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EFFECT OF PASTURE RENOVATION ON NUTRIENT RUNOFF FROM PASTURES FERTILIZED WITH MANURE
Published by the American Society of Agricultural and Biological Engineers, St. Joseph, Michigan www.asabe.orgCitation: Proceedings of the Seventh International Symposium, 18-20 May 2005 (Beijing, China) Publication Date 18 May 2005 701P0205.(doi:10.13031/2013.18379)
Authors: P.A. Moore, Jr, S.J. Formica, M. Van Epps, P.B. DeLaune
Keywords: Phosphorus, eutrophication, manure, pasture renovators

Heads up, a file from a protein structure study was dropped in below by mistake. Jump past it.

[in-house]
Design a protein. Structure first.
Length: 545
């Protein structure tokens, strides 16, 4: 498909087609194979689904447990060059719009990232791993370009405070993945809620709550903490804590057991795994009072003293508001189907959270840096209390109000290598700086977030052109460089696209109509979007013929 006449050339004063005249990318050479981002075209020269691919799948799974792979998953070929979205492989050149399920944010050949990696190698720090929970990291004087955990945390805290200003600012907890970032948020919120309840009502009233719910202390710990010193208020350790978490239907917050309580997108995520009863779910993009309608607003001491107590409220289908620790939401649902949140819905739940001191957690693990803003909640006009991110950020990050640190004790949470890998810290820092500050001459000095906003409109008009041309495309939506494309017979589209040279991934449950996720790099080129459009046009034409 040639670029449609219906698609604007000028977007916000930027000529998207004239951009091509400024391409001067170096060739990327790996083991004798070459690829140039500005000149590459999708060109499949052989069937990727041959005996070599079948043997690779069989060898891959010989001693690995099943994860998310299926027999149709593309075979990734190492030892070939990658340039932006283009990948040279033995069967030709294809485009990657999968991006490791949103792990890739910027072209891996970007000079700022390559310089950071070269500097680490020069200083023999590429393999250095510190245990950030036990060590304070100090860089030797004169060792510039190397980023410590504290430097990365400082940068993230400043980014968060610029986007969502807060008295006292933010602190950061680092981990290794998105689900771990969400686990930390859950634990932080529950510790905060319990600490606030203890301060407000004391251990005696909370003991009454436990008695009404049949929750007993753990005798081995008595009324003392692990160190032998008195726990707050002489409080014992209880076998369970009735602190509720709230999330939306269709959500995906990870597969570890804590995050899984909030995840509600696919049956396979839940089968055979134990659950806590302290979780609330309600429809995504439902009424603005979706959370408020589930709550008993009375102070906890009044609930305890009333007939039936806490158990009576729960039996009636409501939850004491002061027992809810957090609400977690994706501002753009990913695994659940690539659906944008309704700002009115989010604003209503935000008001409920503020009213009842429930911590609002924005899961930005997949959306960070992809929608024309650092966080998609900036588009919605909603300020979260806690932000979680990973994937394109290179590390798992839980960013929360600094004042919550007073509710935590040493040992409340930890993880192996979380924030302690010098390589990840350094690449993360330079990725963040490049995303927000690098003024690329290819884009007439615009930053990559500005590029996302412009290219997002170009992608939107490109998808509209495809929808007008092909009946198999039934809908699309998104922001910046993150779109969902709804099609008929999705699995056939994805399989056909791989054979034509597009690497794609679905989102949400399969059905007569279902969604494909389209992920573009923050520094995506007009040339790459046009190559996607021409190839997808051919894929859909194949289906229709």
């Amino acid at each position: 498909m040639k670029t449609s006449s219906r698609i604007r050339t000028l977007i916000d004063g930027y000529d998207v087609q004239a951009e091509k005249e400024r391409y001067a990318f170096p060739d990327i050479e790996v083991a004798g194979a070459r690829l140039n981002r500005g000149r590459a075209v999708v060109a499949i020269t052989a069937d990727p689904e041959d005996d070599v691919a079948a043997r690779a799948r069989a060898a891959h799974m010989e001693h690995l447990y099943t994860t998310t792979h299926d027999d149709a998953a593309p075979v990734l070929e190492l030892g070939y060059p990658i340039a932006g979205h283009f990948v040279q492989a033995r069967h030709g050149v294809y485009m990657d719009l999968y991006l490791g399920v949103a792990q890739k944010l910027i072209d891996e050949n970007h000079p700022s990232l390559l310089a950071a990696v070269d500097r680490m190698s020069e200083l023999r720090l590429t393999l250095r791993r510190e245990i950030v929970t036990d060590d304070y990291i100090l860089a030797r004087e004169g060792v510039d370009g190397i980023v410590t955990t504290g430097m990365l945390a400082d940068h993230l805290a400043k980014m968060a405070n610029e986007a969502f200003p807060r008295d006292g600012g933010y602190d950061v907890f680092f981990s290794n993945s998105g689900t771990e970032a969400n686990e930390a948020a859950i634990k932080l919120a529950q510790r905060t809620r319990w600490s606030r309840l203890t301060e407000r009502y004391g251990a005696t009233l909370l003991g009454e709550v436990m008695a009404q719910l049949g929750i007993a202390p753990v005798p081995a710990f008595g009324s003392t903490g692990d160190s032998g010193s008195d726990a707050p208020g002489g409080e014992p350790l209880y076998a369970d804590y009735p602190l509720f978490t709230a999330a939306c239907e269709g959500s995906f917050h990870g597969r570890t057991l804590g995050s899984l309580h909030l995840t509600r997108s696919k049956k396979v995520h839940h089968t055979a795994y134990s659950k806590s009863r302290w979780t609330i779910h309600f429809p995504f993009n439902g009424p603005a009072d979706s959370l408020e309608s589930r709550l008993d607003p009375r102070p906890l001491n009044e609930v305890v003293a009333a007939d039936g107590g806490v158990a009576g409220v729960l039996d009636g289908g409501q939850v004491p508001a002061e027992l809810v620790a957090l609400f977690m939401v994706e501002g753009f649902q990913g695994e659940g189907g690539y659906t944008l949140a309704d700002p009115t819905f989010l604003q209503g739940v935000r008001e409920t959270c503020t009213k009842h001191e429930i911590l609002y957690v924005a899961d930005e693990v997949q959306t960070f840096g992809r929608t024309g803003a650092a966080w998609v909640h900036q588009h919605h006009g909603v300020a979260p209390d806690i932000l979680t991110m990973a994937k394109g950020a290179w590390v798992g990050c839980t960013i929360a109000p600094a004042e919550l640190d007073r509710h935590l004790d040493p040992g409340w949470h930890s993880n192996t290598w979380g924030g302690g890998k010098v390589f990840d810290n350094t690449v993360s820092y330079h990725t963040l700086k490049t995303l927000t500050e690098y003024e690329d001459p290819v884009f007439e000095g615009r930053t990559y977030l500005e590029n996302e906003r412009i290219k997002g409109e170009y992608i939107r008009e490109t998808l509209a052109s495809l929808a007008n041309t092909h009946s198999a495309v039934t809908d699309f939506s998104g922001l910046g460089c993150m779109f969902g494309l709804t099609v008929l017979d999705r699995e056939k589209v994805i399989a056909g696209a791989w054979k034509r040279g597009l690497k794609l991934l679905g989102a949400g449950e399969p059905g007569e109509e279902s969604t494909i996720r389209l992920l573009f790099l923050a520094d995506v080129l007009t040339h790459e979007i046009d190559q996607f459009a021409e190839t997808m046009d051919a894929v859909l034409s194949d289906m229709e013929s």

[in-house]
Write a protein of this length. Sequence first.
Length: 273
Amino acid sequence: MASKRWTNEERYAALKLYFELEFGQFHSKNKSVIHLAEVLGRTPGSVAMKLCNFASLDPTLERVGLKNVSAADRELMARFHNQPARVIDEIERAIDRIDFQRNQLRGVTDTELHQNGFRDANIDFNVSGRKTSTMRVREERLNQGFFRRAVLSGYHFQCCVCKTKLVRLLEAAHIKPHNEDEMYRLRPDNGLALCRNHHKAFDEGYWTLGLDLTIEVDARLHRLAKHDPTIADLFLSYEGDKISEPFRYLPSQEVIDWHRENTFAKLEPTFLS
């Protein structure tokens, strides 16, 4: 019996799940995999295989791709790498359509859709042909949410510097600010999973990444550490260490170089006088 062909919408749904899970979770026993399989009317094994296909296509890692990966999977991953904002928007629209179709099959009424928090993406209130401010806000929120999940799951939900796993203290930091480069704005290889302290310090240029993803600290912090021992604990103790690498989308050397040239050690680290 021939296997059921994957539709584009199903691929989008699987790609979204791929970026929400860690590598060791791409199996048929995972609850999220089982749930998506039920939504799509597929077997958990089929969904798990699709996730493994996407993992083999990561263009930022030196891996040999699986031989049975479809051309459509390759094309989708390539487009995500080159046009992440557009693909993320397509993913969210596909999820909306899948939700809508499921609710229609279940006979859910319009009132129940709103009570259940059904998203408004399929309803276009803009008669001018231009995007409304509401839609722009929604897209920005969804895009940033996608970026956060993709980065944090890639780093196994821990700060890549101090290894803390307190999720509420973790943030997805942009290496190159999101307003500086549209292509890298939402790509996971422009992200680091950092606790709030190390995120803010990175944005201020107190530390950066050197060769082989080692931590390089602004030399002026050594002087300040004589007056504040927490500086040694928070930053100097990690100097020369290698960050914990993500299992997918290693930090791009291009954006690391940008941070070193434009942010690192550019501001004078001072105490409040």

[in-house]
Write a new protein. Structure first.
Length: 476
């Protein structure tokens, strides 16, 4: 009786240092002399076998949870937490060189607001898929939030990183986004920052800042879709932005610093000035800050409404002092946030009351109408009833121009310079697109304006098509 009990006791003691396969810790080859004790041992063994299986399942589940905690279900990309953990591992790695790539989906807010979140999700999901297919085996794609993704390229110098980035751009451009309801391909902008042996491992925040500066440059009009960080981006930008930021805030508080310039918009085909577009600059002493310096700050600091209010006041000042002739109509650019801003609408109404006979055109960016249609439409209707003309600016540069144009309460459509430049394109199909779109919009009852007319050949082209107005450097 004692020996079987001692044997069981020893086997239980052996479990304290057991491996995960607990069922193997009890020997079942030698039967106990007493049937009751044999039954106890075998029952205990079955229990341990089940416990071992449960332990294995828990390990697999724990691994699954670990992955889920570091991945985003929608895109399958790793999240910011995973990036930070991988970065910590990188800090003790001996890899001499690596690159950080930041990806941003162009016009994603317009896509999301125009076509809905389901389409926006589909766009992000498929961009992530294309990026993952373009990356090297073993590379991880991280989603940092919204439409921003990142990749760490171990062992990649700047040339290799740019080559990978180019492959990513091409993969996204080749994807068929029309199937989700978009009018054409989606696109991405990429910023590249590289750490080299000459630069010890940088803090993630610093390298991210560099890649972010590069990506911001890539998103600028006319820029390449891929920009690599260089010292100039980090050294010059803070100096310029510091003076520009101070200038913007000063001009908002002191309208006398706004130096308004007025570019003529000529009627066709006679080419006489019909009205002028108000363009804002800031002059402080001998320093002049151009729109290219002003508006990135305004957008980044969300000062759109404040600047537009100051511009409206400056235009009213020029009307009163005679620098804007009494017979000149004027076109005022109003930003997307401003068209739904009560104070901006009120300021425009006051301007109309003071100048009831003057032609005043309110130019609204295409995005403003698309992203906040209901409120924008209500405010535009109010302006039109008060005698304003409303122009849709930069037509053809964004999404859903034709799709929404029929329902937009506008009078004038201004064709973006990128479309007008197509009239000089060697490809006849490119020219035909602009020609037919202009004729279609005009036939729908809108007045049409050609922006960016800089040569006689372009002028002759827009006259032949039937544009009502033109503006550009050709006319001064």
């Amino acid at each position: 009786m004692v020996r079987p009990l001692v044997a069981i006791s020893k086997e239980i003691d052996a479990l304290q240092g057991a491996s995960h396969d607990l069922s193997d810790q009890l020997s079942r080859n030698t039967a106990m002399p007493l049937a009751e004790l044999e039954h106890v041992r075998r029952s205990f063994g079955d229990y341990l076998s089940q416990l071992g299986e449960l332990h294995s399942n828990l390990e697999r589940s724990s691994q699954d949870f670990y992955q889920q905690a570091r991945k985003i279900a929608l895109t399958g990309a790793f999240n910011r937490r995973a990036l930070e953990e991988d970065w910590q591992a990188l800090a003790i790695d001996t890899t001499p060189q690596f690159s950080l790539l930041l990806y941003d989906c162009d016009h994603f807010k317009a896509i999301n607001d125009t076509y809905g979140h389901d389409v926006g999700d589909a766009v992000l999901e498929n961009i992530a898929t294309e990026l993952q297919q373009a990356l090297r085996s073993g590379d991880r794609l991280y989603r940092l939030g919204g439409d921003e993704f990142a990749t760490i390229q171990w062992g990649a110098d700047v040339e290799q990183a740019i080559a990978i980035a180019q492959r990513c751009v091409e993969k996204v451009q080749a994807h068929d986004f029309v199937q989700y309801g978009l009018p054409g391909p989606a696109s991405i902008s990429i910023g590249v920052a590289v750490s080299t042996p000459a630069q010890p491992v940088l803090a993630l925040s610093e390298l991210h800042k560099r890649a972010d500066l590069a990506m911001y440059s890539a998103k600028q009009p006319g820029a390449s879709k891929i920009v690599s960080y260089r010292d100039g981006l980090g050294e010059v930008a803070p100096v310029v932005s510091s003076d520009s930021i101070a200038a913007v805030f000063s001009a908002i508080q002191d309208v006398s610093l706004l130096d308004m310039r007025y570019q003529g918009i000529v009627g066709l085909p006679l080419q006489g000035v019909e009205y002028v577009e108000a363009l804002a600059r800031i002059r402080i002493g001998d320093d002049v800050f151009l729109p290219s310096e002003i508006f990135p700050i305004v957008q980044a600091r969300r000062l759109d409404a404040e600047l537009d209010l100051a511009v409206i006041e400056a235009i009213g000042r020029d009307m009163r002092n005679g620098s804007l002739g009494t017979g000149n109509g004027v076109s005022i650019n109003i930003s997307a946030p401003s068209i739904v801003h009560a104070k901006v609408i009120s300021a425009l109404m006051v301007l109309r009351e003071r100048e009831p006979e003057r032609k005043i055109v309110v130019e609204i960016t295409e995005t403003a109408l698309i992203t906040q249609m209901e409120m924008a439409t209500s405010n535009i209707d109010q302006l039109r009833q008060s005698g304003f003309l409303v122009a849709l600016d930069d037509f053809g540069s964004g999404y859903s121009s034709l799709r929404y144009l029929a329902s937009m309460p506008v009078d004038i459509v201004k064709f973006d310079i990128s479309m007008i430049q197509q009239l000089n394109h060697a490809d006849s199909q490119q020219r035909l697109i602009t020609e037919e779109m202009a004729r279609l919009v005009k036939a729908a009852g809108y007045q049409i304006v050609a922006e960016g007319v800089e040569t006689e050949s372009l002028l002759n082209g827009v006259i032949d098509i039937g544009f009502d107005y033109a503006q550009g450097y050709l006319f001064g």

Pasture renovators, which are also known as aerators, are used by growers to increase pasture productivity. The increased productivity is believed to be due to increased infiltration of rainwater, since yield increases are normally only observed during drier years when water is limiting growth. If infiltration is significantly increased by renovating, then runoff should be decreased. Reductions in the amount of water running off pastures should result in reductions in phosphorus (P) and nitrogen (N) runoff. The objectives of this study were to determine the effects of pasture renovation on pasture hydrology (infiltration and surface runoff), nutrient (P and N) runoff, and forage production. Two sites located within the Piney Creek Basin in Arkansas, USA, were selected for this study. There were 3 fertilizer treatments for each soil; unfertilized, 8.97 Mg/ha of poultry litter (4 tons/acre), and 46,728 L/ha swine manure (5,000 gal/acre). Rainfall simulations were conducted after 1 day, 3 mo and 13 mo. after renovation in 2001 and 2002. The time to runoff was significantly longer on renovated land, the amount of infiltration was greater and the volume of runoff was less than that on unrenovated land. On average the amount of runoff was reduced by 45% with renovation, which translated into reductions in nutrient runoff of roughly the same magnitude. Total P loads in runoff were reduced by 43% with renovation; total N loads were reduced by 55%. Forage yields were not different on this first study, probably because the plots received simulated rainfall during dry periods of the year. Hence, forage yields were measured on a second study the following year. Pasture renovation significantly increased yields (27% higher on renovated plots). These data indicate that pasture renovation is a best management practice that can be used to reduce nutrient runoff from pastures, while improving productivity.(Download PDF) (Export to EndNotes)